Chess One Century Ago

In light of the particularly unique and – interesting – year that we’ve just lived through – 2020 – it might be a good time to stop and take a look at what the chess world was like 100 years ago – in 1920.

In 1920 Capablanca was in his prime, the highest rated chess player in the world – ELO 2830 – nearly a hundred points higher than the runner up, Emanuel Lasker. In about a decade he had risen to the very top, with Lasker narrowly giving up his decades-long lead after years of the two alternating as #1 and #2 (Lasker would later on go on to usurp the throne again, one last time). The chess world held them in unanimous regard, as undisputed bests. The very next year, Henri Weenink opined, “And the rigidity of the material with which we have to compose, is a more formidable opponent than Lasker or Capablanca. Because these lifeless opponents do not have any moments of human weakness!”

Alekhine was arguably just behind the pair, in peak form. Rubinstein had also made it to this elite club, after a steadily rising career, and in this list can also be included Marshall and Bogoljubov. Tarrasch, Maroczy, Grunfeld, were just entering this top tier.

All eminently recognisable names and faces, of course!

Here is an example of a classic 1920 game – Maroczy v Tartakower. Tartakower had just invented his eponymous Gambit the year before, in a game with R. Reti, no less. On another board that year, we saw the birth of the Bogo-Indian, in a game between Rubinstein and Bogoljubov (1920).

with this move, White gives up both his rooks, but ends up checkmating Black just a few moves later.

In this wonderfully humorous American game, between Ziegler Adams and Torre Repetto (New Orleans, 1920), White tries repeatedly to offer up his Queen (next moves by White – Qc7,…,…,Qb7), but Black knows better.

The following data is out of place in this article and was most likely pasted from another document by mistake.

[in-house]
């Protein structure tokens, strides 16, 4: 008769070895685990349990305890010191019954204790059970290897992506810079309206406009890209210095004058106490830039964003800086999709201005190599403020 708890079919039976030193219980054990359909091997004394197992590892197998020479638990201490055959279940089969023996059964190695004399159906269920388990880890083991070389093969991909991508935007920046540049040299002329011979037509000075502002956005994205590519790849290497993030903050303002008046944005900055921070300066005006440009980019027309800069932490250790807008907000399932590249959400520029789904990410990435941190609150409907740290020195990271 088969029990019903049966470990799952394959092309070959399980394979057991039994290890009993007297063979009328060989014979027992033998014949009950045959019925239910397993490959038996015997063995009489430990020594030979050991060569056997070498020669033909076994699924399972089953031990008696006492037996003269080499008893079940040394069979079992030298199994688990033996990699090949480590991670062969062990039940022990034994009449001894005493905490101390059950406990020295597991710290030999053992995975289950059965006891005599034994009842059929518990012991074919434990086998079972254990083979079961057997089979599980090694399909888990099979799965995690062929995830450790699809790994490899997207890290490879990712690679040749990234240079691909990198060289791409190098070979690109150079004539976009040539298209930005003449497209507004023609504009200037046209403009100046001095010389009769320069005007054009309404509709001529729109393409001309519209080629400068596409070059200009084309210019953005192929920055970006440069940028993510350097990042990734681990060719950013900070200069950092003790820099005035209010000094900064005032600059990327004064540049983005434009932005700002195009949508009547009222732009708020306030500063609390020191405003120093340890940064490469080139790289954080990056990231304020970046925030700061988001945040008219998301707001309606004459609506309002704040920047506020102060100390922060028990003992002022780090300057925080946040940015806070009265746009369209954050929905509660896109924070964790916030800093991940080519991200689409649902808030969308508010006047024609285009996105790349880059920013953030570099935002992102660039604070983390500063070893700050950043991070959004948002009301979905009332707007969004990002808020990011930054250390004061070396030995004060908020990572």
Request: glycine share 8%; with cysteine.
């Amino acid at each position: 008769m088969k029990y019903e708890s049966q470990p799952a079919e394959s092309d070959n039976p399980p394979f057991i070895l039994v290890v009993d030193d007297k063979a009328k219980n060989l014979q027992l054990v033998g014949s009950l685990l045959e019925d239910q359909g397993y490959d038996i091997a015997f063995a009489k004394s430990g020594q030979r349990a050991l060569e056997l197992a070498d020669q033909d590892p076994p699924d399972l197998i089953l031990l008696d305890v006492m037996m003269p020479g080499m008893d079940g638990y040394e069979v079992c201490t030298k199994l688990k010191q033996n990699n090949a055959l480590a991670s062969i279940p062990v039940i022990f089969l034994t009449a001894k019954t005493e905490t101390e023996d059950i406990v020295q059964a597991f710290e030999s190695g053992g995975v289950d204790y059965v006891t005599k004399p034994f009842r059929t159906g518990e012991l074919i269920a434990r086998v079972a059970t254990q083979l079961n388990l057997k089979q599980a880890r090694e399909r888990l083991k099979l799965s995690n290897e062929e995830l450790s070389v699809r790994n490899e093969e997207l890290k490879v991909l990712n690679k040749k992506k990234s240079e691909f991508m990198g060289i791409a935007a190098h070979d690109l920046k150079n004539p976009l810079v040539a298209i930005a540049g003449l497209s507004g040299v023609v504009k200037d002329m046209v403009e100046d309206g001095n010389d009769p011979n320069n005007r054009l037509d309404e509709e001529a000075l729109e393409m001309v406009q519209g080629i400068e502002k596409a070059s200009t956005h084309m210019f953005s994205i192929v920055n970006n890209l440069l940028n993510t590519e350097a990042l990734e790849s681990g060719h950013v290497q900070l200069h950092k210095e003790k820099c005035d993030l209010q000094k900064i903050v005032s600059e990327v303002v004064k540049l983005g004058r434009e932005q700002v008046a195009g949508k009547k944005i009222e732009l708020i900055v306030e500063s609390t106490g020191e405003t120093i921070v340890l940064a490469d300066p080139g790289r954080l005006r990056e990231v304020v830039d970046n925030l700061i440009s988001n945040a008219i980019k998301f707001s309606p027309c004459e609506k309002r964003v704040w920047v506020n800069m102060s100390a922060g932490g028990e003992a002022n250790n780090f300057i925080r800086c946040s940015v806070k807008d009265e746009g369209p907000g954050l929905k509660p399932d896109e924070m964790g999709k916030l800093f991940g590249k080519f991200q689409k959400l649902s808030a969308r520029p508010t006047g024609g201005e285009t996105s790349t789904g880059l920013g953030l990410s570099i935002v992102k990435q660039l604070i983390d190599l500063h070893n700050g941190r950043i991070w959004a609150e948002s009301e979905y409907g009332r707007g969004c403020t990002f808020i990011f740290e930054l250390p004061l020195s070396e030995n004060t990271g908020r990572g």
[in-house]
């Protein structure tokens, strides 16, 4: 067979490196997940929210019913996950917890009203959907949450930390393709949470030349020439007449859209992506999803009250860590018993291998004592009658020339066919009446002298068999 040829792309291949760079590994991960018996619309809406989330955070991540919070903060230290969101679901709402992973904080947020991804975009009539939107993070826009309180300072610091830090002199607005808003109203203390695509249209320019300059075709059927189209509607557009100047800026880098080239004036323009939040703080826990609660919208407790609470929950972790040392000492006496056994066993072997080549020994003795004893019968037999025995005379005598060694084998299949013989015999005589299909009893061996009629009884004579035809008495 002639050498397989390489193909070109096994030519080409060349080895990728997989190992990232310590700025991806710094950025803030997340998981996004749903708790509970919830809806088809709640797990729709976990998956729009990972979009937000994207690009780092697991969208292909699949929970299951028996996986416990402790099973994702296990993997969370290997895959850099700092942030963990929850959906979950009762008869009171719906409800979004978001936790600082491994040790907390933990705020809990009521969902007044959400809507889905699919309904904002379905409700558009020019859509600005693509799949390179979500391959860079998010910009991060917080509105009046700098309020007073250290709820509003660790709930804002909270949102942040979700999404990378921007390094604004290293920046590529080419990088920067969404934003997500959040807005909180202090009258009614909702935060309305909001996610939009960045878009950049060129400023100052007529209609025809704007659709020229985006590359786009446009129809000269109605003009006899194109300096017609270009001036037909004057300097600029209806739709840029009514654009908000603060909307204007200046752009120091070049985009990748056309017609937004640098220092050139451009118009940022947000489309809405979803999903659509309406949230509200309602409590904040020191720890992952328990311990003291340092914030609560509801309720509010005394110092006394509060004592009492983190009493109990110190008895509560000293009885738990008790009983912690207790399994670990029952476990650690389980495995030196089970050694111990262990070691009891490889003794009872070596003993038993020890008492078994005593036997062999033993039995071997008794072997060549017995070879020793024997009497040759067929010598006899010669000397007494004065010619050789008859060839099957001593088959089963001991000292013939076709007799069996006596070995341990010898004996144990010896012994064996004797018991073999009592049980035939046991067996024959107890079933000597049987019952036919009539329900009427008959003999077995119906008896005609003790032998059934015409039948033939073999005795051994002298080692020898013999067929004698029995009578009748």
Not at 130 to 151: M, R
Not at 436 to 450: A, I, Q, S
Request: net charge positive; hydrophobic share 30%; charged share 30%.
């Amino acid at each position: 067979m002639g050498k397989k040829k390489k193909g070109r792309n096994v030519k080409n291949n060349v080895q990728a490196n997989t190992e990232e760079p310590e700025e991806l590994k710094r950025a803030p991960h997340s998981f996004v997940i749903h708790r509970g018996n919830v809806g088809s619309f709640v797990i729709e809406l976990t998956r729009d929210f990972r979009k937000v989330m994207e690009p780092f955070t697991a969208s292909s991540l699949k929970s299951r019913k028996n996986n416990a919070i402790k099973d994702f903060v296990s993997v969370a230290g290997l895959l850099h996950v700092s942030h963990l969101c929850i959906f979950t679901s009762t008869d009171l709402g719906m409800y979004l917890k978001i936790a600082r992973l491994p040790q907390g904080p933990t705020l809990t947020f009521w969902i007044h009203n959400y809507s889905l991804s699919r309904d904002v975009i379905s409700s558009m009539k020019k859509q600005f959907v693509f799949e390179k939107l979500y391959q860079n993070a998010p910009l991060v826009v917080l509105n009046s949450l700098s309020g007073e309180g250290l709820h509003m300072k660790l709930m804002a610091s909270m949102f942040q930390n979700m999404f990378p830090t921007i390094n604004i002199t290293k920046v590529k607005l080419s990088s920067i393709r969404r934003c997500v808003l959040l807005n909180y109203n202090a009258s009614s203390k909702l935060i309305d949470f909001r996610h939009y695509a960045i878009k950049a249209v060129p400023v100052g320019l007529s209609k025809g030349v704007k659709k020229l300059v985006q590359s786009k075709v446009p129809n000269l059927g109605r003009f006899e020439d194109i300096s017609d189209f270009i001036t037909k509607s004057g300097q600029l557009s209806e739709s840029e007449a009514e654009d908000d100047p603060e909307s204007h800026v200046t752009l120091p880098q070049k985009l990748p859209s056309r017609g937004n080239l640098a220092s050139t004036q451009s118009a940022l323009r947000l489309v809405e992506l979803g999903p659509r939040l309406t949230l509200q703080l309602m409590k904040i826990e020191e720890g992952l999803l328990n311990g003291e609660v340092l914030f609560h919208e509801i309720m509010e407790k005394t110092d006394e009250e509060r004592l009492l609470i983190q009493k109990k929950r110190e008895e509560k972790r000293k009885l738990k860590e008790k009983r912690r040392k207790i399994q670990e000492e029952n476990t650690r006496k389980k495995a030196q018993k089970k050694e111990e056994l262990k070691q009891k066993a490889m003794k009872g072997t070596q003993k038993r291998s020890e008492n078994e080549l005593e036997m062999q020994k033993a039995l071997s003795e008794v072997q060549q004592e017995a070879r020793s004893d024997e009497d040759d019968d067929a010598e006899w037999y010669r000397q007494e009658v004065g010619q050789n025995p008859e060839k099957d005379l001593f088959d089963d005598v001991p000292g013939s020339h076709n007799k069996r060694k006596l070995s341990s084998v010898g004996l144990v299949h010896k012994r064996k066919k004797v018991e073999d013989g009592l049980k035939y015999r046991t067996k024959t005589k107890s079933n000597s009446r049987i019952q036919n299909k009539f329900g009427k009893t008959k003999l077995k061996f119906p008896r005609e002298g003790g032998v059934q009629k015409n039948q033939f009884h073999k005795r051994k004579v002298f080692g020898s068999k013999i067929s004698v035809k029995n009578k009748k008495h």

This is one of those games that seem to at once straddle the very heights of chess fame as well as apocryphy – many believe that the game never actually occurred, that it was a later fabrication. Nevertheless, it contains an incredibly beautiful ending sequence where White keeps throwing his Queen at the opponent – not quite for free – while at the same time cornering and trapping the opponent’s Queen:

“If you want everyone to believe that you really did play a fantastic combination, be sure to play it in a tournament game,” Graham Burgess says about the game.

And then we have the very satisfying Greco’s mate/corridoor mate’, in the game between Euwe and Wiersma (Amsterdam, 1920):

In a game between Euwe and van Hartinsvelt (Amsterdam, 1920), the former wastes no time, ousting the Black king from his own kingdom (~ move 10) and all the way to f2 ten moves later –

Tartakower gets his Queen out early and schools Reti on how to use it (Tartakower v Reti, Vienna, 1920) –

Or Maroczy v Tartakower (Vienna, 1920), once again, the latter schooling his opponent on Queen play – this time he brings her out right at the end, bringing the game to a swift and decisive end –

This was the year Capablanca came out with My Chess Career, containing only won games, stating, “I have not given any drawn or lost games, because I thought them inadequate to the purpose of the book.”

And just a year later, in 1921, in Chess Fundamentals, we have some excellent pearls of wisdom from him –

“In order to improve your game, you must study the endgame before everything else. For whereas the endings can be studied and mastered by themselves, the middle game and opening must be studied in relation to the end game.”

Before wrapping up this time-capsule, I should also point out that 1920 was the year Isaac Asimov was born, the venerable (in the hearts of many) father of Robotics!

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